econintersect.com
       
  

FREE NEWSLETTER: Econintersect sends a nightly newsletter highlighting news events of the day, and providing a summary of new articles posted on the website. Econintersect will not sell or pass your email address to others per our privacy policy. You can cancel this subscription at any time by selecting the unsubscribing link in the footer of each email.



posted on 13 November 2015

How Twitter Can See The Financial Future And Change It

from The Conversation

-- this post authored by Costas Milas, University of Liverpool

Scottish financial trader James Alan Craig has been charged in the US for allegedly using Twitter to manipulate share prices. According to the US Department of Justice, the 62 year old, from Dunragit in Dumfries and Galloway, caused shareholders to lose more than $1.6m (£1.1m) after allegedly spreading "fraudulent" information about companies on the social network. According to newspaper reports, the DoJ has charged him with securities fraud, while the Securities and Exchange Commission has filed a separate complaint charging him with the same offence.

Most of us would probably find it very hard to believe that information on the likes of Twitter, Facebook or Google Blogs might have the power to influence financial markets, but this is not the first time such a story has hit the news. Astonishingly, a fake tweet on April 23 2013 from a hacked Associated Press account, asserting that explosions at the White House had injured Barack Obama, wiped more than $130bn off the value of the S&P 500. Research into the economic crisis the same year meanwhile suggested that financial markets are more influenced by negative press rumours than fundamentals.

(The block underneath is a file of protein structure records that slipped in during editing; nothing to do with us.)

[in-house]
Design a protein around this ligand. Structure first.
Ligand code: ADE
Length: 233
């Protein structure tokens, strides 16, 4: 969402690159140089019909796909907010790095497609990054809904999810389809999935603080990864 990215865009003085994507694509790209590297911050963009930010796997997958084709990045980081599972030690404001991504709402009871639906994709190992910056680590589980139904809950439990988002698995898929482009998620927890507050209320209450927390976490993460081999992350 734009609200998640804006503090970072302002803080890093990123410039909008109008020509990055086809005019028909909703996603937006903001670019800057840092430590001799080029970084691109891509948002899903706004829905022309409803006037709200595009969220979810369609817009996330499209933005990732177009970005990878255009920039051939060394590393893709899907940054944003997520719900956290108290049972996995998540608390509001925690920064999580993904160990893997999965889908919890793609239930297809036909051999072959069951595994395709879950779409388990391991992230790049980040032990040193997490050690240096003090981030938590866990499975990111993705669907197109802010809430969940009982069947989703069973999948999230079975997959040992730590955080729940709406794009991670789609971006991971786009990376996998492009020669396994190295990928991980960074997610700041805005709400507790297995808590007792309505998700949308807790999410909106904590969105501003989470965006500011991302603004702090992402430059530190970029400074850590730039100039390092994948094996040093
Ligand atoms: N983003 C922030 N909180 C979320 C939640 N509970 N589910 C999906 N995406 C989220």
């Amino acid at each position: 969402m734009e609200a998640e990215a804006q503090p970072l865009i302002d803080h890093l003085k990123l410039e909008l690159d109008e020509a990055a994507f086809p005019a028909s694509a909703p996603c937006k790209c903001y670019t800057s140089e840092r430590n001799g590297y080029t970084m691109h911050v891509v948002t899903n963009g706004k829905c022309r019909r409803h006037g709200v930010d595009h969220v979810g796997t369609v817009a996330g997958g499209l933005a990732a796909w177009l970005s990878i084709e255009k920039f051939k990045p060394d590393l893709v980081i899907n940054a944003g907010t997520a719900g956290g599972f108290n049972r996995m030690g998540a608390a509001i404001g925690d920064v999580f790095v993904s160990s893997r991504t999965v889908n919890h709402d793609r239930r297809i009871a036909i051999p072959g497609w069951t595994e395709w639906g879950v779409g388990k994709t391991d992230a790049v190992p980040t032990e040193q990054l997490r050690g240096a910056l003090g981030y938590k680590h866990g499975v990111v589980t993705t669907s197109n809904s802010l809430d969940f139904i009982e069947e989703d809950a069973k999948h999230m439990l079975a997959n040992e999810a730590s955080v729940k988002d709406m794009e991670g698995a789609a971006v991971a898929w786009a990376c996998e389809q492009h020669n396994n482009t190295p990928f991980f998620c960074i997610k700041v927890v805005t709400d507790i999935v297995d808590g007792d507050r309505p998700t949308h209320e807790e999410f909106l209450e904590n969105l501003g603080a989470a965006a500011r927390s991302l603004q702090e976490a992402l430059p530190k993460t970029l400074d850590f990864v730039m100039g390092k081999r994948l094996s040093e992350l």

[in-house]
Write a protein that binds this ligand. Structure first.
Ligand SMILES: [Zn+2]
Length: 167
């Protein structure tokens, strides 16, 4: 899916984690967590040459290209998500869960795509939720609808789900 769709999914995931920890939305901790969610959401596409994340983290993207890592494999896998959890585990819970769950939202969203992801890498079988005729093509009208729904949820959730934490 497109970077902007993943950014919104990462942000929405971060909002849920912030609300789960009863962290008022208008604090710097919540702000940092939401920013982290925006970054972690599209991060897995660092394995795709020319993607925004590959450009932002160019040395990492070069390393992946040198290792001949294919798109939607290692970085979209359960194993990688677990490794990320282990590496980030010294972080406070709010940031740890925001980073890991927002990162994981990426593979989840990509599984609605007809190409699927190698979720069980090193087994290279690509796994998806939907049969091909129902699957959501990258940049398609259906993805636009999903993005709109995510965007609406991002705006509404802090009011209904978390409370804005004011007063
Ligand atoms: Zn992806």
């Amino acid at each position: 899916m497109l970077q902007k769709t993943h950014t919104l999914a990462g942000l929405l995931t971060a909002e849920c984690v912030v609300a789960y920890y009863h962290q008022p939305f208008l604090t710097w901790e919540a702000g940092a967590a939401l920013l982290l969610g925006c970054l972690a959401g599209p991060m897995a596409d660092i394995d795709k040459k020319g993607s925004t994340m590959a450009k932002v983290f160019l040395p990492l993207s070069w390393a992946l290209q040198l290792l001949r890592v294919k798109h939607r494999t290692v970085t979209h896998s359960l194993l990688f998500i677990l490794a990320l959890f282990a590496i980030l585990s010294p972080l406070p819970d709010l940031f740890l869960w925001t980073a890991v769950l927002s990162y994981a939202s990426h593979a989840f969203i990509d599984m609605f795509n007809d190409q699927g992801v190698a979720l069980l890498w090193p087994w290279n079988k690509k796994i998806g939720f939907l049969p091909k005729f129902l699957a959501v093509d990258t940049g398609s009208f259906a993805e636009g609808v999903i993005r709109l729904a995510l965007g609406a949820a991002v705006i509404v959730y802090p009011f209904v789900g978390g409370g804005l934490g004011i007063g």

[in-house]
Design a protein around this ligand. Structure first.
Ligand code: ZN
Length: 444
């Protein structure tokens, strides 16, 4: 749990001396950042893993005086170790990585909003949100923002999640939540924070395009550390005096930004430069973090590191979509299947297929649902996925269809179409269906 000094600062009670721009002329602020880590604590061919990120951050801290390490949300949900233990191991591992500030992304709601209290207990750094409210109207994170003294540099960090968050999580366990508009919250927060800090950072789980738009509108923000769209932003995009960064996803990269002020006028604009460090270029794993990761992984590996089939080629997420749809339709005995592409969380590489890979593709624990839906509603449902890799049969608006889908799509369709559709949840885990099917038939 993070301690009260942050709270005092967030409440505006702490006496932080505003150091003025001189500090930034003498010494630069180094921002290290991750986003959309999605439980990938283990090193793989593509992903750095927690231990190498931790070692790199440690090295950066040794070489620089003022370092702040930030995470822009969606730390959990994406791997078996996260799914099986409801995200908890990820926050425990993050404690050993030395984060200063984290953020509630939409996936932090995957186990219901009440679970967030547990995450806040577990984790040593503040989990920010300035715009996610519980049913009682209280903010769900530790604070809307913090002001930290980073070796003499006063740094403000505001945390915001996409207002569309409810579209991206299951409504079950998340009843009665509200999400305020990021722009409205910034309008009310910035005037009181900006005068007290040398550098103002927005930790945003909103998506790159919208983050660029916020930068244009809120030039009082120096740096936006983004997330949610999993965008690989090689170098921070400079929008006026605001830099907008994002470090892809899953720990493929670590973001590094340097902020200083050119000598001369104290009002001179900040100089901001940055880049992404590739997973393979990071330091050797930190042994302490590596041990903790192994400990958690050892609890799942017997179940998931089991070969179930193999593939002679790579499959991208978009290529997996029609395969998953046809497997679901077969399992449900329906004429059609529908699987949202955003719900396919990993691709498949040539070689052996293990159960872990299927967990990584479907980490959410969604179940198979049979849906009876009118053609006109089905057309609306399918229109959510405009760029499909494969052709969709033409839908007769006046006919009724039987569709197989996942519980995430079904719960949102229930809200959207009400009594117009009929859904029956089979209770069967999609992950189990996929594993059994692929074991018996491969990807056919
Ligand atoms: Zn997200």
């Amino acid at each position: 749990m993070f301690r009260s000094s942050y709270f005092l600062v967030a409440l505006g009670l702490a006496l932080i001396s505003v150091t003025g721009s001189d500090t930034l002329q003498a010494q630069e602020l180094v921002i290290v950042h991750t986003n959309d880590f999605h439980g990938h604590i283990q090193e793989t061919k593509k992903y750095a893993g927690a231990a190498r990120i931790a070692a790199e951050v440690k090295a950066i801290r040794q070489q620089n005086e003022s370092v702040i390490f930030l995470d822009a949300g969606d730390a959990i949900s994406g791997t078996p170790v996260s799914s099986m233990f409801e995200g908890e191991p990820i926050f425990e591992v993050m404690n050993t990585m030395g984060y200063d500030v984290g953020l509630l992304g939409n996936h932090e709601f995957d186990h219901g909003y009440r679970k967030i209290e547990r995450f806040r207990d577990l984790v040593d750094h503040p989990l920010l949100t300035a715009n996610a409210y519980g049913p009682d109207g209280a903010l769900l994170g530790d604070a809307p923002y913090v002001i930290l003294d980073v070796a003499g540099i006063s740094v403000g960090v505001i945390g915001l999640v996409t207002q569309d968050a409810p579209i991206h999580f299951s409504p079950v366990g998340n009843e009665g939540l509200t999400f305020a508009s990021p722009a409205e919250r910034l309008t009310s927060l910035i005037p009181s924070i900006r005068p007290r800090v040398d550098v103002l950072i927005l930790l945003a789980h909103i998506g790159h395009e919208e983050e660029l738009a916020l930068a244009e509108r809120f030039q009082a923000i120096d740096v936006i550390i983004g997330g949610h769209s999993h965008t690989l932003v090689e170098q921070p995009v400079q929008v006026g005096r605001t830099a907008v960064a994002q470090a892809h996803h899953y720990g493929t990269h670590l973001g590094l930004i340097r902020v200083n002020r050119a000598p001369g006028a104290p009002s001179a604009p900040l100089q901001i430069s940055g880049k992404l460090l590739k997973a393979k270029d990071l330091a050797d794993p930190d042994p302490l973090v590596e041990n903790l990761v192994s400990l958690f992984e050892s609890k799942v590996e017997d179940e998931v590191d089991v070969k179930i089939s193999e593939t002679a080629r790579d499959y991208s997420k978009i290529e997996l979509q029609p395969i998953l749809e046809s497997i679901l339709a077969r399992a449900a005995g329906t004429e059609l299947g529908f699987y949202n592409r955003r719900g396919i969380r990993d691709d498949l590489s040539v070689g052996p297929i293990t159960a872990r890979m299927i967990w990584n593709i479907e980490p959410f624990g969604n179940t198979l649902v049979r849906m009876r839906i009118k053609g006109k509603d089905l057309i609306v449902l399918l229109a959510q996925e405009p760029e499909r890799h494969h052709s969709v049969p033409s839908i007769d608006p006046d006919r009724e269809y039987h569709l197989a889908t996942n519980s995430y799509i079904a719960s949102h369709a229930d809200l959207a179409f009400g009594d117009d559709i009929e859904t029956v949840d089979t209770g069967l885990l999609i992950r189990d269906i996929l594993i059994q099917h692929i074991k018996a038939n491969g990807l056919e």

Fake tweets, real impact Stylus Data

The new meeting place

Social media has become a popular open forum for analysing economics/finance and, equally important, it reflects public sentiment minute by minute. It has long since become essential for economic commentators, policymakers and their faithful followers. Leading economist Paul Krugman runs a Twitter account with approximately 1.5m followers, for instance. IMF chief Christine Lagarde has around 320,000 followers. Also updating in real time are dedicated websites by the likes of The Wall Street Journal and Financial Times, discussing the hot economic topics in great detail. Not surprisingly, people pay attention.

Google power! Cherezoff